Which is all for the good, but just goes to show
It's the good who do not sleep.

Friday, April 17, 2009

To See My Mother

To See My Mother - By Sharon Olds

It was like witnessing the earth being formed,
to see my mother die, like seeing
the dry lands be separated
from the oceans, and all the mists bear up
on one side, and all the solids
be borne down, on the other, until
the body was all there, all bronze and
petrified redwood opal, and the soul all
gone. If she hadn't looked so exalted, so
beast-exalted and refreshed and suddenly
hopeful, more than hopeful—beyond
hope, relieved—if she had not been suffering so
much, since I had met her, I do not
know how I would have stood it, without
fighting someone, though no one was there
to fight, death was not there except
as her, my task was to hold her tiny
crown in one cupped hand, and her near
birdbone shoulder. Lakes, clouds,
nests. Winds, stems, tongues.
Embryo, zygote, blastocele, atom,
my mother's dying was like an end
of life on earth, some end of water
and moisture salt and sweet, and vapor,
till only that still, ocher moon
shone, in the room, mouth open, no song.

**********************

And mine:

LAST VISIT

Pared to the bone,
The ivory skin is wrinkled,
Cool and soft to the touch.

Spare flesh on the old bones,
The hands plucking,
Plucking the sheets -
Questioning, moving.

She lies on her side,
The blind eyes open.
Still smelling sweet.
She always has.

I bend to kiss her hands.
To tell her I am here.

"Oh, cover me with kisses,"
She cries in that hoarse,
Rusty voice -
And I do.

Silence then as
She drifts away,
Listening to the voices of memory.

"Mother, it's OK to go," I say.

The next morning she dies,
Alone in the room.

I could have stayed,
What urgency called me away?
I wanted so to see her out,
To ease her through the door.

I ache for the chance
To be with her again.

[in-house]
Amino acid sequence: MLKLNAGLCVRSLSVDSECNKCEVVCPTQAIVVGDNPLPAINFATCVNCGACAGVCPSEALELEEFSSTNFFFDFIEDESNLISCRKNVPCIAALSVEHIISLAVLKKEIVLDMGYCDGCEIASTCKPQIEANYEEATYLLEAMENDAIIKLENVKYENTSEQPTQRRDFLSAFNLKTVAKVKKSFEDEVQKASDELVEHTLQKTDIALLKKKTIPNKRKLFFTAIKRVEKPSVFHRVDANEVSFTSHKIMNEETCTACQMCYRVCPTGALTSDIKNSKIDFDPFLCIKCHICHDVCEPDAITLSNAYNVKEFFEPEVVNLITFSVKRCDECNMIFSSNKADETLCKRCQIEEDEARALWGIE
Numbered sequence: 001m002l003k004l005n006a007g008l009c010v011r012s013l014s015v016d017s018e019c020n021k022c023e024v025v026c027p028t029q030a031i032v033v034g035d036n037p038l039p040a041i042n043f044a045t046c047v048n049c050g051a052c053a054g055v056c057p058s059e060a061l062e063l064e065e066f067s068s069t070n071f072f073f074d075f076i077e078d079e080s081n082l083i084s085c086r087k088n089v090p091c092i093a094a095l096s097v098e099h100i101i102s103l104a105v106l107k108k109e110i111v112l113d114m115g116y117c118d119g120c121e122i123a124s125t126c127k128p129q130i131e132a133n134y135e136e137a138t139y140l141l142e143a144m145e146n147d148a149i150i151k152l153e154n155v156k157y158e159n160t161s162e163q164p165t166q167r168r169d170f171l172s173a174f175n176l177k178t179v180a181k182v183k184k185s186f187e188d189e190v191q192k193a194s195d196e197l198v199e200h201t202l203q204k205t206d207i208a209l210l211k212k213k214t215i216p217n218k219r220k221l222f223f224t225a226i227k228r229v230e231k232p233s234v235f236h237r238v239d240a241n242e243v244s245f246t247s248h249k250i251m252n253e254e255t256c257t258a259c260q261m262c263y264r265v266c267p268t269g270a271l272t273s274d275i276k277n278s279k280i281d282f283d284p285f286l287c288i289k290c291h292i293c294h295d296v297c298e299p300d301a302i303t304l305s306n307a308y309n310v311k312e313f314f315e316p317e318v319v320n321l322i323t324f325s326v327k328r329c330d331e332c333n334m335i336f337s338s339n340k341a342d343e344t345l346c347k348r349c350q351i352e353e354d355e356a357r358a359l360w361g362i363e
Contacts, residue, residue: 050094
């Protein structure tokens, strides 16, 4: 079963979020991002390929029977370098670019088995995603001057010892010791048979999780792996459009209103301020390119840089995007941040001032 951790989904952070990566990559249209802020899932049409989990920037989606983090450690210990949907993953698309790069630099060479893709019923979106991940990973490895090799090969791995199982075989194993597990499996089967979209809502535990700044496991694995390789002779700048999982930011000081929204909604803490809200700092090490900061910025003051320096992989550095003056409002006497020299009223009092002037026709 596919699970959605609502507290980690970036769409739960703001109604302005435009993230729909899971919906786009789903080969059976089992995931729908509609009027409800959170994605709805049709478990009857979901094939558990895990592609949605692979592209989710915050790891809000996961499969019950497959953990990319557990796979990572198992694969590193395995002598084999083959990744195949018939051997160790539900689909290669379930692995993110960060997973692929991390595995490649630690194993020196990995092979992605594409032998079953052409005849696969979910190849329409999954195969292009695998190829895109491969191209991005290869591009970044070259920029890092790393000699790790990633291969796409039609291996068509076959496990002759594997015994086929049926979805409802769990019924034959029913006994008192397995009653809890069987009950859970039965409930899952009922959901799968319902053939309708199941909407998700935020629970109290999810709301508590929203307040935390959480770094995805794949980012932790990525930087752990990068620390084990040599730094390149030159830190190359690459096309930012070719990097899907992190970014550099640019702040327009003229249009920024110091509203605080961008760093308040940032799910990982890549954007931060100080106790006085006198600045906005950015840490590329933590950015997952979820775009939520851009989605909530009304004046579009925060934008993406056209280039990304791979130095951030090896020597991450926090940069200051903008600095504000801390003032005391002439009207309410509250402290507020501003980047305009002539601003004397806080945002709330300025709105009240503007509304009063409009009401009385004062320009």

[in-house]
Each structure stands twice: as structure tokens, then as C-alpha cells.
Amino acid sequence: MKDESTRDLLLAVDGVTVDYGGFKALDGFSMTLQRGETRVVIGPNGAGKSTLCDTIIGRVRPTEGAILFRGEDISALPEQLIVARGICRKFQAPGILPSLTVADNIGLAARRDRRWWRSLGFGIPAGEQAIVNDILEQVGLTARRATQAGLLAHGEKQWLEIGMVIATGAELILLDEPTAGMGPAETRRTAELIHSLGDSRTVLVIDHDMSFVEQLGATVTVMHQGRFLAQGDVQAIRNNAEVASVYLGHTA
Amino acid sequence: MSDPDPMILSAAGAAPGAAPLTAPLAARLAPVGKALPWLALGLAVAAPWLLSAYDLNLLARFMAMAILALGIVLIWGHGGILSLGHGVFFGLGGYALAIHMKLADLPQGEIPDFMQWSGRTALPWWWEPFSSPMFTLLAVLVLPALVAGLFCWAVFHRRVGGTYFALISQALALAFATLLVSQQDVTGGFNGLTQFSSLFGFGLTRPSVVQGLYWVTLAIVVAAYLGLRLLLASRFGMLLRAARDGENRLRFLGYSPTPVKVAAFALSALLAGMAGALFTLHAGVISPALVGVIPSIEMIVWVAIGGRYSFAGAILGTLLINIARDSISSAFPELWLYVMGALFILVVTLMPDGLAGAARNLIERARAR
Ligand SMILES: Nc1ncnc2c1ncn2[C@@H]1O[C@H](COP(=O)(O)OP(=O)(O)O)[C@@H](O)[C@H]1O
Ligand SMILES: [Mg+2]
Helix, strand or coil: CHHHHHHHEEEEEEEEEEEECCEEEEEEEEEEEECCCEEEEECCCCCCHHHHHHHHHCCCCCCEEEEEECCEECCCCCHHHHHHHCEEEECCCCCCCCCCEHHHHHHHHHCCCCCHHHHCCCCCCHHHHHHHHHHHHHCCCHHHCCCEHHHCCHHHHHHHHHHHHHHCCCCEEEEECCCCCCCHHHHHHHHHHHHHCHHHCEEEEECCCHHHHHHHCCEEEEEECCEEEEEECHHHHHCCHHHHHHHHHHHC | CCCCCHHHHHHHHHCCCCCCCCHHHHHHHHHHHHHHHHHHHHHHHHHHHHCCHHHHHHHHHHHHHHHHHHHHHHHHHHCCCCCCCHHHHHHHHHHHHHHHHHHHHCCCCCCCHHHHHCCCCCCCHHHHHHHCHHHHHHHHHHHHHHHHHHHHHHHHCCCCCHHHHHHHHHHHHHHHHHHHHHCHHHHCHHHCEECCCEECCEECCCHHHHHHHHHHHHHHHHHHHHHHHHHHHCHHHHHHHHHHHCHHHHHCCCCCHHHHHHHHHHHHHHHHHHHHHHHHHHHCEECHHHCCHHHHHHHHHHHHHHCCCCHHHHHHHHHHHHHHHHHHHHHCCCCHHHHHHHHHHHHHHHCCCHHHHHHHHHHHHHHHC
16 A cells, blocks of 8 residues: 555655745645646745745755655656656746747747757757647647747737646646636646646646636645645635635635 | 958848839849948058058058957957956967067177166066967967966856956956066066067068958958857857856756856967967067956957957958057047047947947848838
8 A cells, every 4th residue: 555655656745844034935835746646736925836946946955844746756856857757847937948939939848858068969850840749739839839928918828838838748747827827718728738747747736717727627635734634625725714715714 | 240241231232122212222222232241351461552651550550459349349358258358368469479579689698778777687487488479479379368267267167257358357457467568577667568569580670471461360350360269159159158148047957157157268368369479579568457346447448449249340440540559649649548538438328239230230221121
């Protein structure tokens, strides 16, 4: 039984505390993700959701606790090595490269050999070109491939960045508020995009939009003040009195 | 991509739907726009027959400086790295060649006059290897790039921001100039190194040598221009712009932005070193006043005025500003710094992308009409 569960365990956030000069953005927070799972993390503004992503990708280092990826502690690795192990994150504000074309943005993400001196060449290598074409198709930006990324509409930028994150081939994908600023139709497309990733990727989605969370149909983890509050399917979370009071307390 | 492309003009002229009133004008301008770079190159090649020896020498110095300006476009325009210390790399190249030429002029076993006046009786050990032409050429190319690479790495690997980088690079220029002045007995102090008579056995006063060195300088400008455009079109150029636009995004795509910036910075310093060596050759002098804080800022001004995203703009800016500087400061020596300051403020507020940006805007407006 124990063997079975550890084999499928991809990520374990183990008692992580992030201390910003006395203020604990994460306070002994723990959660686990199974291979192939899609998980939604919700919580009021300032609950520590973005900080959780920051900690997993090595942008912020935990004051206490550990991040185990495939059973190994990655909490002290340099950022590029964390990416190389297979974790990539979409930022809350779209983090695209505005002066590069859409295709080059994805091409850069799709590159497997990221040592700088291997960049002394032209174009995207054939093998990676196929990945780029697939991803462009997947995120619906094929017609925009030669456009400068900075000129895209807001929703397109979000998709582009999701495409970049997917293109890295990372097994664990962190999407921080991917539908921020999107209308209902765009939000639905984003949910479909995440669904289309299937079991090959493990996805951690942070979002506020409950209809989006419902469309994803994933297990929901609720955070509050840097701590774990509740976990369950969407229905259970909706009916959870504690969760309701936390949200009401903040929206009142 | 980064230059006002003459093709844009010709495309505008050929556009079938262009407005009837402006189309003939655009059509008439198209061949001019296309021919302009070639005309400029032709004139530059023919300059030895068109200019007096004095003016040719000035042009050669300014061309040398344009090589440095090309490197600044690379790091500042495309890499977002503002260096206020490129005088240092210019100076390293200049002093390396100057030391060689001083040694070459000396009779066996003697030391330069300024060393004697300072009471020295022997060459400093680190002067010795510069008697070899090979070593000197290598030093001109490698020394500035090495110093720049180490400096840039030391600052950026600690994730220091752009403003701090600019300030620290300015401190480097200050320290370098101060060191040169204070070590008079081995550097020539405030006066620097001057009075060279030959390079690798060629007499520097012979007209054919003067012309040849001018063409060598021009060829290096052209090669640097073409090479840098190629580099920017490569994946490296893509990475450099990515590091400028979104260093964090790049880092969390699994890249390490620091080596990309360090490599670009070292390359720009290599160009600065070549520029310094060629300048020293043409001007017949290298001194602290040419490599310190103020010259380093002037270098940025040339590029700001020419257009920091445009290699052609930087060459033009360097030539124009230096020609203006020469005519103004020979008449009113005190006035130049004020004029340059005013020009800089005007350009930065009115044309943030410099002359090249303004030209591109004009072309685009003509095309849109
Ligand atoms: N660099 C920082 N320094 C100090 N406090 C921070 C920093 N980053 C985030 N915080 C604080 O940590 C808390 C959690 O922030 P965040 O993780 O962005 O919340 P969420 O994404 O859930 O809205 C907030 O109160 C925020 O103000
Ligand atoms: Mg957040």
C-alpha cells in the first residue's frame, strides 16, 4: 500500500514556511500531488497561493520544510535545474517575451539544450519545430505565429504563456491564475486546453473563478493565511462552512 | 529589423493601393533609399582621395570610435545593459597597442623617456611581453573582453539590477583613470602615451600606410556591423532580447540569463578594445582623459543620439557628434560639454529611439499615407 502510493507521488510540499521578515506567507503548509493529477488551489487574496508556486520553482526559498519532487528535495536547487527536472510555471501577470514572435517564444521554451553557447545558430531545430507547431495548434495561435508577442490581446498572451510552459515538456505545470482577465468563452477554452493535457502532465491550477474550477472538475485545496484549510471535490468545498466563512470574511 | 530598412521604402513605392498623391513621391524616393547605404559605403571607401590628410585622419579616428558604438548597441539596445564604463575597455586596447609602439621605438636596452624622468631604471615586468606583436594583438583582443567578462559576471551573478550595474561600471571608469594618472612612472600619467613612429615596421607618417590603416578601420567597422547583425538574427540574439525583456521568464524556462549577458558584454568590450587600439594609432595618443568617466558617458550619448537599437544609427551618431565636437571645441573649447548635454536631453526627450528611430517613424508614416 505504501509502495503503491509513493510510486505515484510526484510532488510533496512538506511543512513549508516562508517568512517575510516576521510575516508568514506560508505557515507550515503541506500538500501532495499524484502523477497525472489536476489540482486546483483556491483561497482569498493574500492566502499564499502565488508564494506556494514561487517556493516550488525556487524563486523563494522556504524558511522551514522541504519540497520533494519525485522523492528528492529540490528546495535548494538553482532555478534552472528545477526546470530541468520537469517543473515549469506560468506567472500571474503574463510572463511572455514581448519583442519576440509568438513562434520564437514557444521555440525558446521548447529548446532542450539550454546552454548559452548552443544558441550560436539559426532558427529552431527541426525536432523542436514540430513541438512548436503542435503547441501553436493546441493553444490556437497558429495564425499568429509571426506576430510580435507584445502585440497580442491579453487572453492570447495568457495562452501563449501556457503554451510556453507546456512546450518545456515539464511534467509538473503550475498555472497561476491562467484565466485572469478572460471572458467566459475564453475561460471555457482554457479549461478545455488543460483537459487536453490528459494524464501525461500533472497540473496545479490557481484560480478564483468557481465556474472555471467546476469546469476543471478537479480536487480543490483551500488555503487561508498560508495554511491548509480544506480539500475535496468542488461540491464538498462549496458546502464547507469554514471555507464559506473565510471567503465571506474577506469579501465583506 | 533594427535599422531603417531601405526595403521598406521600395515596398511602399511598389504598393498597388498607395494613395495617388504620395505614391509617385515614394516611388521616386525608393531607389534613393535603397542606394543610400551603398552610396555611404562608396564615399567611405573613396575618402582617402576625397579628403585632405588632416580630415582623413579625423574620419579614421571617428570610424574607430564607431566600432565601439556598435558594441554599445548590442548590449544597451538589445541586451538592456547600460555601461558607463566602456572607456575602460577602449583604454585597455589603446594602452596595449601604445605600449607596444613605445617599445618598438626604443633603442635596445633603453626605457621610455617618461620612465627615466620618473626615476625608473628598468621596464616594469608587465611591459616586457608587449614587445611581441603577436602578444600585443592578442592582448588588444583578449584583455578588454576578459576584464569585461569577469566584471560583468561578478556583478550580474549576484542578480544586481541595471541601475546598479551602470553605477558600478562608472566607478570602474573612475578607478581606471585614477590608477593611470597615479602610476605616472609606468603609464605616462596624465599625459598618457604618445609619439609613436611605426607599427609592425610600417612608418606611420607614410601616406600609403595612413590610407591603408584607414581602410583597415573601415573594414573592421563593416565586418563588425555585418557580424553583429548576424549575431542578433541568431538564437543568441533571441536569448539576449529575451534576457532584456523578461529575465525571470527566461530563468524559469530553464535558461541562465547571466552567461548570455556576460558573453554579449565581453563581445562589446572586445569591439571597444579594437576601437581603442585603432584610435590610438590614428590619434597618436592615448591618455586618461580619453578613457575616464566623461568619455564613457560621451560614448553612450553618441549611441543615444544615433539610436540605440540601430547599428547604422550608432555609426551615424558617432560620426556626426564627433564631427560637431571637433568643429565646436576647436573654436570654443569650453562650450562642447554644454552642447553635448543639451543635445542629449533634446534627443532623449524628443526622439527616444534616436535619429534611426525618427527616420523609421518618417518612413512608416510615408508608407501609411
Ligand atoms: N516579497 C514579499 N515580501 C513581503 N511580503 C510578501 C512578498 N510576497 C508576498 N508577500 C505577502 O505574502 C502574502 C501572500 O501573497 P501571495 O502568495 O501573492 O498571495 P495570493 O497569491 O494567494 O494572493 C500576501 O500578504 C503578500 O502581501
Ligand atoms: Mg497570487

Mary Murphy 8/15/89

Wednesday, April 8, 2009

Voices

Imagined voices, and beloved, too,
of those who died, or of those who are
lost unto us like the dead.

Sometimes in our dreams they speak to us;
sometimes in its thought the mind will hear them.

And with their sound for a moment there return
sounds from the first poetry of our life—
like music, in the night, far off, that fades away.

C.P. Cavafy

Saturday, April 4, 2009

Waiting On Elvis, 1956

Waiting On Elvis, 1956 - Joyce Carol Oates

This place up in Charlotte called Chuck's where I
used to waitress and who came in one night
but Elvis and some of his friends before his concert
at the Arena, I was twenty-six married but still
waiting tables and we got to joking around like you
do, and he was fingering the lace edge of my slip
where it showed below my hemline and I hadn't even
seen it and I slapped at him a little saying, You
sure are the one aren't you feeling my face burn but
he was the kind of boy even meanness turned sweet in
his mouth.

Smiled at me and said, Yeah honey I guess I sure am.

Wednesday, April 1, 2009

Choice of Diseases

Now that I'm sick & have
all this time to contemplate
the meaning of the universe,
Father said, I understand why
I never did it before. Nothing
looks good from a prone position.
You have to walk around to appreciate
things. Once I get better I don't
intend to get sick for a while. But
if I do I hope I get one of those diseases
you can walk around with.

by Hal Sirowitz